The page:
For this workshop, we were given bodies of text and were asked to alter them in a way that would create new narratives using snippets from the source material. I chose to use this workshop to further the development of my narrative for the final piece. The texts that I was “blessed” with the chance of working with were The Bloody Chamber and The Tiger’s Bride. Reading them made me feel uncomfortable, sick to my stomach, repulsed. I was intrigued by the context so I looked into it further – these texts hail from the mind of Angela Carter. Both texts are her take on the classic “Beauty and the Beast” narrative, but with a different take on it.
In this case the father loses Beauty not out of love (taking a rose for her) but out of his own weakness. Perhaps because of this poor relationship with her father, the heroine here has more pride and anger than Beauty.litcharts.com
With this discovery, I realized just how easy it is to bend the narrative in whichever direction one wishes with the help of contextualising the piece. Context, or sometimes, lack there of, plays a massive role in how people read, register and perceive the texts that they consume. What this workshop asks us to do is to take a piece of text which has already been stripped of any bit of context and strip it down even further – essentially, skinning an already decaying carcass.
Without context, the bodies of text that I got came across as stories of an incredibly disturbing and toxic relationship with elements of captivity, rape and slave/power-play thrown into the mix. Reading through the texts I sensed the struggle of the person from whose perspective the story was being told – their struggle to see themselves as anything more than a slave to the “master’s” desires, and their struggle to establish their self-worth. They’ve been stripped of their humanity, reduced to an empty shell, with the only thing that could ever be self-fulfilling being obeying the “master”, until that would no longer prove to be the case. A sudden shift occurs – “How pleased I was to see I struck The Beast to the heart!” – with this line, I got the sense of resistance, reclamation of time, power and will, at this point in the story, the protagonist has had just about enough of this abuse and torment that they’re presumably endured for a solid while. They have decided to fight back and to put the “master” in its place. Unfortunately, “A cell had been prepared for me” implies that the protagonist would soon be convicted of manslaughter and would be destined to spend the rest of their days in jail, serving the sentence of life in prison.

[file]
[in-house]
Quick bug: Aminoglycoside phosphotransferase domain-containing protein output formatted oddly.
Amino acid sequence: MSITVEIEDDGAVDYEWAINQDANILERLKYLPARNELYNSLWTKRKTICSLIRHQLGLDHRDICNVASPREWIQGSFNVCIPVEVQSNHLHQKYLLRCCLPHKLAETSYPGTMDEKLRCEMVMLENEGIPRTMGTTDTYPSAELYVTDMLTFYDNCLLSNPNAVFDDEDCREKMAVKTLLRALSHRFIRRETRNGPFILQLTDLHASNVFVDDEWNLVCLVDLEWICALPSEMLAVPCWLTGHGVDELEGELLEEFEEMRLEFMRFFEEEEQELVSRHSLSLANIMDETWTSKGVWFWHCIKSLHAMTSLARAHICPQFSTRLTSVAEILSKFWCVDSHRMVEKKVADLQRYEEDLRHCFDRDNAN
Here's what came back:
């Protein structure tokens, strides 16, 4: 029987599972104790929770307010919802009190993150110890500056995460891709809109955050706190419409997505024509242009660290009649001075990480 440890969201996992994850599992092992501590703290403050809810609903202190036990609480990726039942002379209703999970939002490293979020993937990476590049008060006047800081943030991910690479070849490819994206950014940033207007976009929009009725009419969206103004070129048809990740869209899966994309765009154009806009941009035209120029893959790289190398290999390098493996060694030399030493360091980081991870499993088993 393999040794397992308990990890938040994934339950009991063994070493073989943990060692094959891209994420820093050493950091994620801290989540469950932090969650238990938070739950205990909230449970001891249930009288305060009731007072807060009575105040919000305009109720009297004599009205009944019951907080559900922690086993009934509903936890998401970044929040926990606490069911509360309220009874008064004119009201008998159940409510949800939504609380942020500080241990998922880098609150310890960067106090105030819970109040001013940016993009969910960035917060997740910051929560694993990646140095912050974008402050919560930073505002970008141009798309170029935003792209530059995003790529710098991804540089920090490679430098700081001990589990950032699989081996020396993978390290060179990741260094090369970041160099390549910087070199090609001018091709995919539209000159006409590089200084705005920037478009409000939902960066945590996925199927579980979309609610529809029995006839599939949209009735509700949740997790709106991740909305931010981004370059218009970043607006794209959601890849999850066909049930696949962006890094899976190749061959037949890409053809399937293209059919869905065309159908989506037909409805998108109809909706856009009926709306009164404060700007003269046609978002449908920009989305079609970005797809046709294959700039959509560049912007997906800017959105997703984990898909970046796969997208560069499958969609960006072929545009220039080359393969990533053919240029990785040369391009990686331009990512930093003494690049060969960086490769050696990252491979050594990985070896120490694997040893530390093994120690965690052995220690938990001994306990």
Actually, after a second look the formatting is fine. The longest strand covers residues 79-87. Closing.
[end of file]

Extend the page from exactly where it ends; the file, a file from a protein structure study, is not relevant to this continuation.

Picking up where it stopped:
With this at hand, I decided that for my task, I would push this narrative in a different direction, wishing to create a narrative, in which the victim would become the victor, and thus, this body of text was created:
THE BLOODY CHAMBER
The Beast disturbed my privacy. In his eyes I was a pretty young lady unclothed and he – my master. He only wishes. I struck the Beast to the Heart. He gulped, he swallow in the chair he sits. The windowless, airless, lightless chamber prepared for him. The one tainted with the blood of the beast that he created – the woman that craves revenge, the woman who is out for his blood, the woman who single handedly built the cell that he shall reside in from now until the end of time.
For a while, I was satisfied with the text and figured that I would have that as a final outcome, however, I thought on it and realised that I could easily develop a narrative which would better work with my chosen piece of text for my final piece – “Orlando”.
One of the things that held me back with “Orlando”, and, for quite the while, was the lack of a clear narrative within the written piece. The poem tends to jump between 2 narratives – one that focuses on the retelling of the events of the incident and how that affected the future of Pulse as well as its attendees while other focused more on the emotional turmoil of those affected by the disastrous shooting.
I figured the narrative should not be too difficult to develop as the text already provided me with a lot of material to work with, and who is to say that I could not create new words using letters cut out of different words – forming something that I could only refer to as a verbal chimera.
With this new text, I wish to merge the 2 narratives dominating the original piece into a single body of text which I could then incorporate into my final piece in the form of type.